e.tv to flight kidnap story

Former EL magistrate, Cesar, produces doccie on toddler’s abduction in 2015

PREMIUM

A television documentary about the case of a three-year-old Mdantsane toddler who was abducted from her family home and whisked away to Mozambique by her nanny in August 2015, will air for the first time on e.tv on Sunday.
The brains behind the doccie Taken, which was directed by East London filmmaker, Lumko Dukashe, is former state prosecutor and East London magistrate Joel Cesar.
Executive producer Cesar recently resigned his job as a bail court magistrate and is planning to start in private practice as a defence advocate.
He was state prosecutor during the trial of 36-year-old domestic worker, Sindisiwe Cresentia Alberto Ntsokana in 2015.
Ntsokana had disappeared with the child after two weeks and later, together with an accomplice – an unknown man – demanded a R500,000 ransom for her safe return.
The now seven-year-old girl, Perfect Gift Msesiwe, of NU6 in Mdantsane, was eventually found unharmed in an impoverished village near Maputo, Mozambique, more than a month after being abducted.
Ntsokana, who had been hired as a domestic worker in July 2015 by Siyabonga and Zolelwa Msesiwe, was arrested in Gauteng on September 4, 2015.
She eventually pleaded guilty to the crime and was sentenced to 20 years’ imprisonment.Speaking to the Dispatch on Friday, Siyabonga said they were excited about the documentary, saying it would help inform others of the dangers of not properly screening people they employed.He said it would also enlighten others “about the beautiful work done by the law-enforcement agencies such as the Hawks in bringing our child back alive”.Siyabonga said his child was doing “very well” since her return and had not displayed “any emotional scars or shown any trauma”.The father said his daughter could not remember much about her 2015 ordeal “even though she recognises the word Mozambique every time it’s mentioned on TV”.Cesar said Taken was part of a series of documentaries, dubbed the Kiss of Justice, which he planned to produce, about “finalised cases” he had prosecuted or presided over as a magistrate.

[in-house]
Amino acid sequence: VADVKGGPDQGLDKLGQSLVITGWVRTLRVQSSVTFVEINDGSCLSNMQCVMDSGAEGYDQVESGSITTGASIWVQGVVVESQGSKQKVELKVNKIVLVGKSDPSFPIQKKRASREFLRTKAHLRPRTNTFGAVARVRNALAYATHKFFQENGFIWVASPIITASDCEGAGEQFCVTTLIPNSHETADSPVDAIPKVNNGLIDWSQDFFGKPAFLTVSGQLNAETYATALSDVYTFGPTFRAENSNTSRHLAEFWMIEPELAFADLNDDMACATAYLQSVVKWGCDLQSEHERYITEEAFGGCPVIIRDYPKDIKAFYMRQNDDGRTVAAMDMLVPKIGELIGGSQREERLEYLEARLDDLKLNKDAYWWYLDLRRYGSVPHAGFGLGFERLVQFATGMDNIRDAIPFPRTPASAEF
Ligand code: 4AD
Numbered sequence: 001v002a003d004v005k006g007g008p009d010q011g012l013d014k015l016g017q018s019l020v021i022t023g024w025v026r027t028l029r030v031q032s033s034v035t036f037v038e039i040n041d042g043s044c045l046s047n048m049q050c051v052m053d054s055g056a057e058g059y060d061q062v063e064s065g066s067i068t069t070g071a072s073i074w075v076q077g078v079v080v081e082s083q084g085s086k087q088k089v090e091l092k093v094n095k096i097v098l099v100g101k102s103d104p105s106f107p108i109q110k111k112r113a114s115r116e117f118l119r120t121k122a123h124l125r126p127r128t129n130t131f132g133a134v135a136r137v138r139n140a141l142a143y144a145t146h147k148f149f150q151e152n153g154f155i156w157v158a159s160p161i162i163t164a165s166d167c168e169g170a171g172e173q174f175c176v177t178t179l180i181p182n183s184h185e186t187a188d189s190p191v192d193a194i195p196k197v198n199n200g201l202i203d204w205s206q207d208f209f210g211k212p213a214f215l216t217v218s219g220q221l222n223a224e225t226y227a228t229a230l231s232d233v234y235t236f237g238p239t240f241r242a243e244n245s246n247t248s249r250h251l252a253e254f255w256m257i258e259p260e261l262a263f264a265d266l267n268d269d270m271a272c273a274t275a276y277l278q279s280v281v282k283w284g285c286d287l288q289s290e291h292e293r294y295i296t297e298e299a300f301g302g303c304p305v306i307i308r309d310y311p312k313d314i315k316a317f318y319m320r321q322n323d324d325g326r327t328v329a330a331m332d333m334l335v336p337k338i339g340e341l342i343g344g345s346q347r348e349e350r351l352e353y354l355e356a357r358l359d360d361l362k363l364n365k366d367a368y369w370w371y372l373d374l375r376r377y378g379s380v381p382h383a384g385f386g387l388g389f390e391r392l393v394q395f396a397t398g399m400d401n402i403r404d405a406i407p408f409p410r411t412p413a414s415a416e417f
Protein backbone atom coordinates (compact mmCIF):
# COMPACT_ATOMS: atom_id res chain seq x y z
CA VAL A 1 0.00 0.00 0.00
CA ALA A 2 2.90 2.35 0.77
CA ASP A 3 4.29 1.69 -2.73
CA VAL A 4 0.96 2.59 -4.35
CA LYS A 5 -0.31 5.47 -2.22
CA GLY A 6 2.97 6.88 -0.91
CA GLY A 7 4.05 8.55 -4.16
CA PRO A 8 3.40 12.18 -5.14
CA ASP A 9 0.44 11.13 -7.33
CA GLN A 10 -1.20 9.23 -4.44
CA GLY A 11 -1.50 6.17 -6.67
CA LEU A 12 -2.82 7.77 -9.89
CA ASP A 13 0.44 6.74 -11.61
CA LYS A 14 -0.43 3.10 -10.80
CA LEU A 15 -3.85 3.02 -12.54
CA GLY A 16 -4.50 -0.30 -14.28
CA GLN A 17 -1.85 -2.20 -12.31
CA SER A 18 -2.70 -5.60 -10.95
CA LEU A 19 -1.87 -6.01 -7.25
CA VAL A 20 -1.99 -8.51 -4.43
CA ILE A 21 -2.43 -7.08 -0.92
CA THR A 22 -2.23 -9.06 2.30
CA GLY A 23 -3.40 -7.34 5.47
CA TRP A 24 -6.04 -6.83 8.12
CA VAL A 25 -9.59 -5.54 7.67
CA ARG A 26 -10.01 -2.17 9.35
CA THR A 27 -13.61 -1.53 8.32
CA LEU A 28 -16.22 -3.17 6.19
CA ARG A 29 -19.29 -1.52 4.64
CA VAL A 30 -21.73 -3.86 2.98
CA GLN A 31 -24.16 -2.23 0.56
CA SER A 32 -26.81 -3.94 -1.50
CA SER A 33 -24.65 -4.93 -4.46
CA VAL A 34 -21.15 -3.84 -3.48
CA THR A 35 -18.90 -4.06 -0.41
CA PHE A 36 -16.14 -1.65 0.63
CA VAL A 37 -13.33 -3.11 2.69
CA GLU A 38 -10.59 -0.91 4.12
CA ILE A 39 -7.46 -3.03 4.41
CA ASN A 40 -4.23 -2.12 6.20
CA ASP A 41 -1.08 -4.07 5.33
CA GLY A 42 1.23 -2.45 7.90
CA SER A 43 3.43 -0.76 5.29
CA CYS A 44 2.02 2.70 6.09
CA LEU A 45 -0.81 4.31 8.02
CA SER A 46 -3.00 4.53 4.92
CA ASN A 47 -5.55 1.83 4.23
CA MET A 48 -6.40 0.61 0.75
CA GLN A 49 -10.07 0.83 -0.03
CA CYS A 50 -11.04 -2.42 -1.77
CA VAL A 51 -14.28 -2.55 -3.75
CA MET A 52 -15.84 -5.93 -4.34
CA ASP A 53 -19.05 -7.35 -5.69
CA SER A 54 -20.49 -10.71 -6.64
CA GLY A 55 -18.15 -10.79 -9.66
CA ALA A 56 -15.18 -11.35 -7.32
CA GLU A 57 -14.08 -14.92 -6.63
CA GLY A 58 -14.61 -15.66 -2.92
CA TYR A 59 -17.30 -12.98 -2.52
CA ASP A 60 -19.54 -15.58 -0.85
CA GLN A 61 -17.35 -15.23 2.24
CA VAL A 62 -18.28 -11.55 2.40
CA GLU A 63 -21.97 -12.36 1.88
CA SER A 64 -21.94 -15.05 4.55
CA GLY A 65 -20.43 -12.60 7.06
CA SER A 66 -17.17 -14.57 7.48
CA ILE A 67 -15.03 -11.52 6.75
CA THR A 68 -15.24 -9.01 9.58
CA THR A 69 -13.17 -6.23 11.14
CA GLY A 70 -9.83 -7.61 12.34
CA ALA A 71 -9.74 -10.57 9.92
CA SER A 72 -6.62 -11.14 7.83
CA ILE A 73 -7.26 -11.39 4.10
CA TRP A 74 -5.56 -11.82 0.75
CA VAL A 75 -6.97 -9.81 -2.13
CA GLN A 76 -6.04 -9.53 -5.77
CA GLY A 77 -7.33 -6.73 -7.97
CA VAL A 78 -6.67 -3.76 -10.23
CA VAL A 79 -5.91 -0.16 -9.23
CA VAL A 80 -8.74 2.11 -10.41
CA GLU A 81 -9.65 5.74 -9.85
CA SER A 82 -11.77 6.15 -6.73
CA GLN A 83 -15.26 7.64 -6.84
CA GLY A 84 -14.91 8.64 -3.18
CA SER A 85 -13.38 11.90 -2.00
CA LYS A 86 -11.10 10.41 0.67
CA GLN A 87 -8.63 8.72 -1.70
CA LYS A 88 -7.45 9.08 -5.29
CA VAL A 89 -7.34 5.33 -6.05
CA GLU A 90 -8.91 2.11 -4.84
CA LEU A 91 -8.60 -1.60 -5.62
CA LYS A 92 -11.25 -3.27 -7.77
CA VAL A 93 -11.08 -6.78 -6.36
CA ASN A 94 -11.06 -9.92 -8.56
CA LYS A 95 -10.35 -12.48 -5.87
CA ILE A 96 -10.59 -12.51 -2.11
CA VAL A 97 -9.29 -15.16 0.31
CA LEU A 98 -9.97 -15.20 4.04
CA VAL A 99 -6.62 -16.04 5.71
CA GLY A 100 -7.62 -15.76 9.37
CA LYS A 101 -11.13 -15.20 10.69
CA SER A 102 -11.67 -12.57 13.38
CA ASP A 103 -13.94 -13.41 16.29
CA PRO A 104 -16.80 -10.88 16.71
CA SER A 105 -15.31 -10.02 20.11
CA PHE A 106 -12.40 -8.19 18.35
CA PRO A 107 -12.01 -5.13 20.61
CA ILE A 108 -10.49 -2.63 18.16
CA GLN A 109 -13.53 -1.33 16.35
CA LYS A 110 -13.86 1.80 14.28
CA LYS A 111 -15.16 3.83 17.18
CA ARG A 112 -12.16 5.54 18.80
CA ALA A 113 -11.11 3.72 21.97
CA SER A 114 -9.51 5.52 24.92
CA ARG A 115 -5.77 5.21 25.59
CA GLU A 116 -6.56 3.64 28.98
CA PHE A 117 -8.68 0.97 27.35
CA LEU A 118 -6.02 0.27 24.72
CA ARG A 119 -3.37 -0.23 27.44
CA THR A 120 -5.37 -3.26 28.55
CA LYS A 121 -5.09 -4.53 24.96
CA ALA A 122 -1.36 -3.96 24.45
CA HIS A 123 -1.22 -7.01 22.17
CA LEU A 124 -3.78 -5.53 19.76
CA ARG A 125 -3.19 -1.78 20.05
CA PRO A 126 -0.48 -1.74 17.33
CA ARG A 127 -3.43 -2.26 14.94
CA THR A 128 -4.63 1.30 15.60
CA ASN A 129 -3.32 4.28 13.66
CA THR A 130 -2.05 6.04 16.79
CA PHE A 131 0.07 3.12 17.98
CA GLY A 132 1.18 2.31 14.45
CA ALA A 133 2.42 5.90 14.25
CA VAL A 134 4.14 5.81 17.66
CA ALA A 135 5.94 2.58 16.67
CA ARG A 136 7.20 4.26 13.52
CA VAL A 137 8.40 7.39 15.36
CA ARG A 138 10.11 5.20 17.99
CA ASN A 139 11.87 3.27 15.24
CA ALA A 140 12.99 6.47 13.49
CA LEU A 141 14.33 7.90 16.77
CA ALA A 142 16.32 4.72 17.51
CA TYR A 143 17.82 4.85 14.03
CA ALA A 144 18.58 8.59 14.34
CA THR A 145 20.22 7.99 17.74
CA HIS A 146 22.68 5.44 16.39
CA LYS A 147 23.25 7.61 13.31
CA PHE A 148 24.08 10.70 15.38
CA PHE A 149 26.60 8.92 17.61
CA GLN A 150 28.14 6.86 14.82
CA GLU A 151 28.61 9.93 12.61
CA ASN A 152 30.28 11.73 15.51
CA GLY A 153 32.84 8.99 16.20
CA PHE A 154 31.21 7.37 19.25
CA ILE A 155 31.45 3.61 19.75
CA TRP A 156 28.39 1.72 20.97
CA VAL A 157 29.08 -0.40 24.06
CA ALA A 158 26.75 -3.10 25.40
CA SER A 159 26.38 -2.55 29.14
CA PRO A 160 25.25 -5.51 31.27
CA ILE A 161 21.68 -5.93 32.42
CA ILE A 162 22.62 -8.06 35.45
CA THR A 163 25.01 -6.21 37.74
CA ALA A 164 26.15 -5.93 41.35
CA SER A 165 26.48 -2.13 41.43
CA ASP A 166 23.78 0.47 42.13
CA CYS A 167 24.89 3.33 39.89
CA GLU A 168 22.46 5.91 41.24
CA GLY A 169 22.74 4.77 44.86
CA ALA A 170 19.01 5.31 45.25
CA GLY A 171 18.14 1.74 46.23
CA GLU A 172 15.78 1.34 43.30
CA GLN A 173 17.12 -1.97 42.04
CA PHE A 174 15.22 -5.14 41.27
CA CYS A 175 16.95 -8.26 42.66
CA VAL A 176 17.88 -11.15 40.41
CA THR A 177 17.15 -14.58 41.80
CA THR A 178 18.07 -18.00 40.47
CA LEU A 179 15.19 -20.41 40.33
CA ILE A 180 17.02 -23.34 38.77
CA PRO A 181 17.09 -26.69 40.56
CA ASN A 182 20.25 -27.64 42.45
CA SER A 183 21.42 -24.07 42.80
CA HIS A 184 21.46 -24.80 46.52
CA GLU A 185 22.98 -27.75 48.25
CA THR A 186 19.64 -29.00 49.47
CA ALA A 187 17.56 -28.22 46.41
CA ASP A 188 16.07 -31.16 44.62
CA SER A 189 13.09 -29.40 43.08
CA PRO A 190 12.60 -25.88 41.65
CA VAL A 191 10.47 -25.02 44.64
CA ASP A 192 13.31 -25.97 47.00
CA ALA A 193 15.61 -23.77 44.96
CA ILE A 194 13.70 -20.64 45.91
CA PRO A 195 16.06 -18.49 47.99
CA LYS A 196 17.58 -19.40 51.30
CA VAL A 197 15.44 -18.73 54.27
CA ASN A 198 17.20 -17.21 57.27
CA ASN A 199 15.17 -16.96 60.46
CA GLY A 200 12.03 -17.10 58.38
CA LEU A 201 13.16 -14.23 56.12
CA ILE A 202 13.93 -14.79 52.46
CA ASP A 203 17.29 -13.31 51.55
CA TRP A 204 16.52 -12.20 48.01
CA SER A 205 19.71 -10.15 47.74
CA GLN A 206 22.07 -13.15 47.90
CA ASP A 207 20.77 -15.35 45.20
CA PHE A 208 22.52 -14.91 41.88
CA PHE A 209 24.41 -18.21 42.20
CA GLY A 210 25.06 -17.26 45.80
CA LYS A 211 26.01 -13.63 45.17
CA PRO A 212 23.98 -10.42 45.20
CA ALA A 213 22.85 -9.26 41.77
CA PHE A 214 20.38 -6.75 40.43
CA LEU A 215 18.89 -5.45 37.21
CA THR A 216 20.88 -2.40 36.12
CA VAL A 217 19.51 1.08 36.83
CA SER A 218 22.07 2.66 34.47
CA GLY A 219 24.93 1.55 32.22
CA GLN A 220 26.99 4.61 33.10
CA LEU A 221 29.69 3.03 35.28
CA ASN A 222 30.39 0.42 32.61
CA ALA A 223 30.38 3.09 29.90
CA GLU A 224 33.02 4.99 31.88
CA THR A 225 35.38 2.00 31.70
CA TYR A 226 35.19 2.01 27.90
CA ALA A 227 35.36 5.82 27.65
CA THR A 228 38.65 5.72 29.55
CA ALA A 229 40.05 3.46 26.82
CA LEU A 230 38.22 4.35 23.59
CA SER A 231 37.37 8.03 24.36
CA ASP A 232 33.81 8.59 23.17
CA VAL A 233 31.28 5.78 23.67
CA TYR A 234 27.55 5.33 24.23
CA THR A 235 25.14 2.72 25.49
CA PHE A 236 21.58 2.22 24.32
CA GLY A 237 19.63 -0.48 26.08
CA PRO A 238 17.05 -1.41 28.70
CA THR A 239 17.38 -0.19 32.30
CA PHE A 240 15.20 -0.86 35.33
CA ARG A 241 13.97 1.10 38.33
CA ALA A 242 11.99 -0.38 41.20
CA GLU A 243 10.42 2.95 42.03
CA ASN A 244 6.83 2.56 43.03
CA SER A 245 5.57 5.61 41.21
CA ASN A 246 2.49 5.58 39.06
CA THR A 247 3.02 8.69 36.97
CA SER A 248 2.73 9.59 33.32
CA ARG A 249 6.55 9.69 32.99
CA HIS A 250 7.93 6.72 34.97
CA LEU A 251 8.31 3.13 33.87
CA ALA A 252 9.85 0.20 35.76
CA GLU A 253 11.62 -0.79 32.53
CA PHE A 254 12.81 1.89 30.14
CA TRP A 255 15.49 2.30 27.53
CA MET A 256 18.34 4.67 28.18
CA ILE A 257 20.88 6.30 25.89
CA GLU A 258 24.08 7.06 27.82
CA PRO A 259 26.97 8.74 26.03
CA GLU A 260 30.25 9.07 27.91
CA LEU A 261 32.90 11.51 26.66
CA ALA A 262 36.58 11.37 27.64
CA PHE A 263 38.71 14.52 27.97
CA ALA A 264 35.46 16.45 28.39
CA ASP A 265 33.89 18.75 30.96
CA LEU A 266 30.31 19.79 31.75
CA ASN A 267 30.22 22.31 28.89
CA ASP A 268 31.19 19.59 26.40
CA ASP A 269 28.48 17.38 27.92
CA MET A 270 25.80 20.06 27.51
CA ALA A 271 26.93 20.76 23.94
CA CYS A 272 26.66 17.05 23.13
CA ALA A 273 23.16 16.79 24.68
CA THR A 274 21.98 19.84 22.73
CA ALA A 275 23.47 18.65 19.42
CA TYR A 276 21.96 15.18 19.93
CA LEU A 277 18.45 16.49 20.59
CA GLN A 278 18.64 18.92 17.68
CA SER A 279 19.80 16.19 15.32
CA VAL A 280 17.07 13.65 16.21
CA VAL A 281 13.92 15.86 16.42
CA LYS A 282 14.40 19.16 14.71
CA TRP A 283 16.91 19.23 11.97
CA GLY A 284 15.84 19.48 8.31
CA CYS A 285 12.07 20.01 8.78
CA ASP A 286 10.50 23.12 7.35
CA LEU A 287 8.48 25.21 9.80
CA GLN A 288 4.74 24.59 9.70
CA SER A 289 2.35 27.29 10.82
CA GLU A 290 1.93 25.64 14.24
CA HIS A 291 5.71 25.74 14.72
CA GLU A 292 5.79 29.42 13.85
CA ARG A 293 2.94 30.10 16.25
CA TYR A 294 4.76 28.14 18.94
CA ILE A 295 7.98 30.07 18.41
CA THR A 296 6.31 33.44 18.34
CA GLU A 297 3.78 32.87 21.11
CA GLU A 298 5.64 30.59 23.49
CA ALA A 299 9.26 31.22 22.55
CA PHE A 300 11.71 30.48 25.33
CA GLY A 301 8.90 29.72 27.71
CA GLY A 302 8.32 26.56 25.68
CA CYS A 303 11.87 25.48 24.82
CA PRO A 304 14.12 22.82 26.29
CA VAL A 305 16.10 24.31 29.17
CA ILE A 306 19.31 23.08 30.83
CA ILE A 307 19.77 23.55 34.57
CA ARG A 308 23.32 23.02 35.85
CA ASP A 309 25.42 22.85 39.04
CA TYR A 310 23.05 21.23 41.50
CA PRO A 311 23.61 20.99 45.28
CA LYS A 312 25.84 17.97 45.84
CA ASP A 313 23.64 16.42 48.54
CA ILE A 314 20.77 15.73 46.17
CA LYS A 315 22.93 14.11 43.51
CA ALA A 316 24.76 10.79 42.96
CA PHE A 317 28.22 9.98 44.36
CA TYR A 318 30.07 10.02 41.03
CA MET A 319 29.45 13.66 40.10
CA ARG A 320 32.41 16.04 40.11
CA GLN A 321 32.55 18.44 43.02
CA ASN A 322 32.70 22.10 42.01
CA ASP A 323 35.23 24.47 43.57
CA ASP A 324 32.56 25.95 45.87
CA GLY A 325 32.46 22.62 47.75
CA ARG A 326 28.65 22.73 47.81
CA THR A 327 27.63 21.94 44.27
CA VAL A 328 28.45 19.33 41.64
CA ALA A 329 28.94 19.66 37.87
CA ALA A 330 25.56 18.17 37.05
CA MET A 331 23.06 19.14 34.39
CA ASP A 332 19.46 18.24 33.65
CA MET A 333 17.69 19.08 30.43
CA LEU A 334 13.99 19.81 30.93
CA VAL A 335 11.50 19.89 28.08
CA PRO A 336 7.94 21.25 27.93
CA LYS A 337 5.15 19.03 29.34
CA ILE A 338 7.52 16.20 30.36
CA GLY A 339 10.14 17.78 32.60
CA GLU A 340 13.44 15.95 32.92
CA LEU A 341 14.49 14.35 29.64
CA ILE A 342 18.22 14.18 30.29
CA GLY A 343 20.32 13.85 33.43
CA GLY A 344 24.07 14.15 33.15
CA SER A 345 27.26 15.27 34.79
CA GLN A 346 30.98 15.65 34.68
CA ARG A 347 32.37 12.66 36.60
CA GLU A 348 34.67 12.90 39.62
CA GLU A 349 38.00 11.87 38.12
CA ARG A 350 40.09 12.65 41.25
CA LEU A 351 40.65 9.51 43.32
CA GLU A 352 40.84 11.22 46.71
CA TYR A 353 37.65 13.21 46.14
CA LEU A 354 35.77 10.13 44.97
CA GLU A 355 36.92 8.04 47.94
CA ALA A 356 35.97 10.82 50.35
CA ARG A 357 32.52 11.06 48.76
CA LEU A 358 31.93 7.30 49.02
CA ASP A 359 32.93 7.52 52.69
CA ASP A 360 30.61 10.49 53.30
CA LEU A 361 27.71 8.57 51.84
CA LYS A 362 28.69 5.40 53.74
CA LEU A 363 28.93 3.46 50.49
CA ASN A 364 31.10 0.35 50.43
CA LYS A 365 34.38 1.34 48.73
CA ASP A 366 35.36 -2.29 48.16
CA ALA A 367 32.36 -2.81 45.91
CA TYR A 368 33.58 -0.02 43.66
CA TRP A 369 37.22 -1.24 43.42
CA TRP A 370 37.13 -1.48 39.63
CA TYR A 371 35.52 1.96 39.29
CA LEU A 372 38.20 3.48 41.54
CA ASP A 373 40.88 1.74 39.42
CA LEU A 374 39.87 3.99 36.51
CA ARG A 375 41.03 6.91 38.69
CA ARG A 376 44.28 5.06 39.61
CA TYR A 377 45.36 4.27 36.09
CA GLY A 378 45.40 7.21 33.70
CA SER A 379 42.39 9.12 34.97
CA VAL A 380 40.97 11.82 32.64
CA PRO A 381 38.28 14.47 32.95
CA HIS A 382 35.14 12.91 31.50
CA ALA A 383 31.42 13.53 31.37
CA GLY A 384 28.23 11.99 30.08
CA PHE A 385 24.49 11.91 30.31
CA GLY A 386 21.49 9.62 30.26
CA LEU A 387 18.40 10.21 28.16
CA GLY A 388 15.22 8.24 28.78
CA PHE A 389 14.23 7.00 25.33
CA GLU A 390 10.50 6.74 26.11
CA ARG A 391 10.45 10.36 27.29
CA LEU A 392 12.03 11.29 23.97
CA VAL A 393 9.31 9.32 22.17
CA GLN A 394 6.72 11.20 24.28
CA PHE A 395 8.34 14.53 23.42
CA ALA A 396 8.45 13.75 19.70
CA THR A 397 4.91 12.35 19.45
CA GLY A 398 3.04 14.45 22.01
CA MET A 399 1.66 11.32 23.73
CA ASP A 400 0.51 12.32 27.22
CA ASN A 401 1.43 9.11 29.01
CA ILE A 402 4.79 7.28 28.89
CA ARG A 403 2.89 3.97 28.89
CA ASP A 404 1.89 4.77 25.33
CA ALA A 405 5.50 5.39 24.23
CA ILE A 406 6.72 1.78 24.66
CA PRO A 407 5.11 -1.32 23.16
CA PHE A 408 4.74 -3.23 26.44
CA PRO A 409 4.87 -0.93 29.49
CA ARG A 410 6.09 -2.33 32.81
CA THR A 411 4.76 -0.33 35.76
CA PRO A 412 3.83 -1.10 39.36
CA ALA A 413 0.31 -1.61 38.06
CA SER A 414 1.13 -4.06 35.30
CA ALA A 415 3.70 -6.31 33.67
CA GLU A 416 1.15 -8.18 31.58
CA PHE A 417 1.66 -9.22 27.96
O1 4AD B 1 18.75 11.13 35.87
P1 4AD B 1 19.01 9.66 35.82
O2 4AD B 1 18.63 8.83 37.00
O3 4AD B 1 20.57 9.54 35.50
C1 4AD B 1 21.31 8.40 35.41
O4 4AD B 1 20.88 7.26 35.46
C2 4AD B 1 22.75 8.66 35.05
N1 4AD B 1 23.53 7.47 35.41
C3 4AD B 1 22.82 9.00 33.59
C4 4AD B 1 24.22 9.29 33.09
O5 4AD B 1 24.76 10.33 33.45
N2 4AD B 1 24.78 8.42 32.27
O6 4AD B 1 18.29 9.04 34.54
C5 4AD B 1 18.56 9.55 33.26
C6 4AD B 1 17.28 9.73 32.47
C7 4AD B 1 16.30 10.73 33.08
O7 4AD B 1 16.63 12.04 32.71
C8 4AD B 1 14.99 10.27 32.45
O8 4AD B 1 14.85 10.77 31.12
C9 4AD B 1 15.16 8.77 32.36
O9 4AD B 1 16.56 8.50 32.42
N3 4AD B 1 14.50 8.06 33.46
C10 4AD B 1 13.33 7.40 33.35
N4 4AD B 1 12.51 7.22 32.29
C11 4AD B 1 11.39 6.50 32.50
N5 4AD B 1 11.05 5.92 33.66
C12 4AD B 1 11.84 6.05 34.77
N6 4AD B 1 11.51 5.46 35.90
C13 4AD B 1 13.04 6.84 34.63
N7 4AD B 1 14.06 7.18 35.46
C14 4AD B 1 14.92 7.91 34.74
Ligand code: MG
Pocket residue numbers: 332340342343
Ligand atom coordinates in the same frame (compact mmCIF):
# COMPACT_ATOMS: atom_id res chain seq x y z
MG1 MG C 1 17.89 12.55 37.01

Taken was commissioned late last year after Cesar submitted a proposal to e.tv.He said other documentaries he intended producing would look into court cases that involved the murder of a university student while on her way to a graduation ceremony, farm murders, xenophobic attacks, cash-in-transit heists, serial rapists, ukuthwala and gang-related and drug cases.Cesar said he was inspired to produce short films after he experienced the dedication shown by some police investigators, prosecutors and magistrates in courts across the Eastern Cape in solving and concluding some of these cases.“It [documentary] will be educational and dedicated to the police investigators who had to focus on every little detail in trying to solve their cases, educational to prosecutors and law students on how such cases should be dealt with to secure a conviction, and also give insight to members of the public on how the justice system operates in prosecuting and concluding some of these serious cases.“This is basically to share knowledge as one leaves the employ of the justice department, and also to pay tribute to dedicated police investigators, the crime victims, the judiciary, the National Prosecuting Authority and all the people who give their all to ensure that criminals are eventually brought to book,” he said.“Through these doccies, I wanted to share knowledge and transfer skills before I go into private practice.“I wanted to share whatever I have learned, so that those left behind could prioritise paying attention to detail when working on similar cases.”In the documentary Cesar talks about how while a prosecutor, he was approached by an investigator dealing with the case.He speaks about what they went through in trying to secure the warrant that paved the way for them to track Ntsokana’s cellphone, including having to visit magistrates at their homes over the weekend.He said this case had taken him out of his “comfort zone” as he had never dealt with one involving a missing child.In the documentary, the child’s parents relate their story. They recount how they were constantly phoned by a man who demanded a R500,000 ransom, how they illegally crossed the Mozambican border in a bid to find their child, and the joy they experienced when they were finally reunited with their daughter.Dukashe said actors from Mdantsane’s Stepping Stone acting programme were utilised for reenactments in the documentary.It is scheduled to air at 6.30pm on Sunday...

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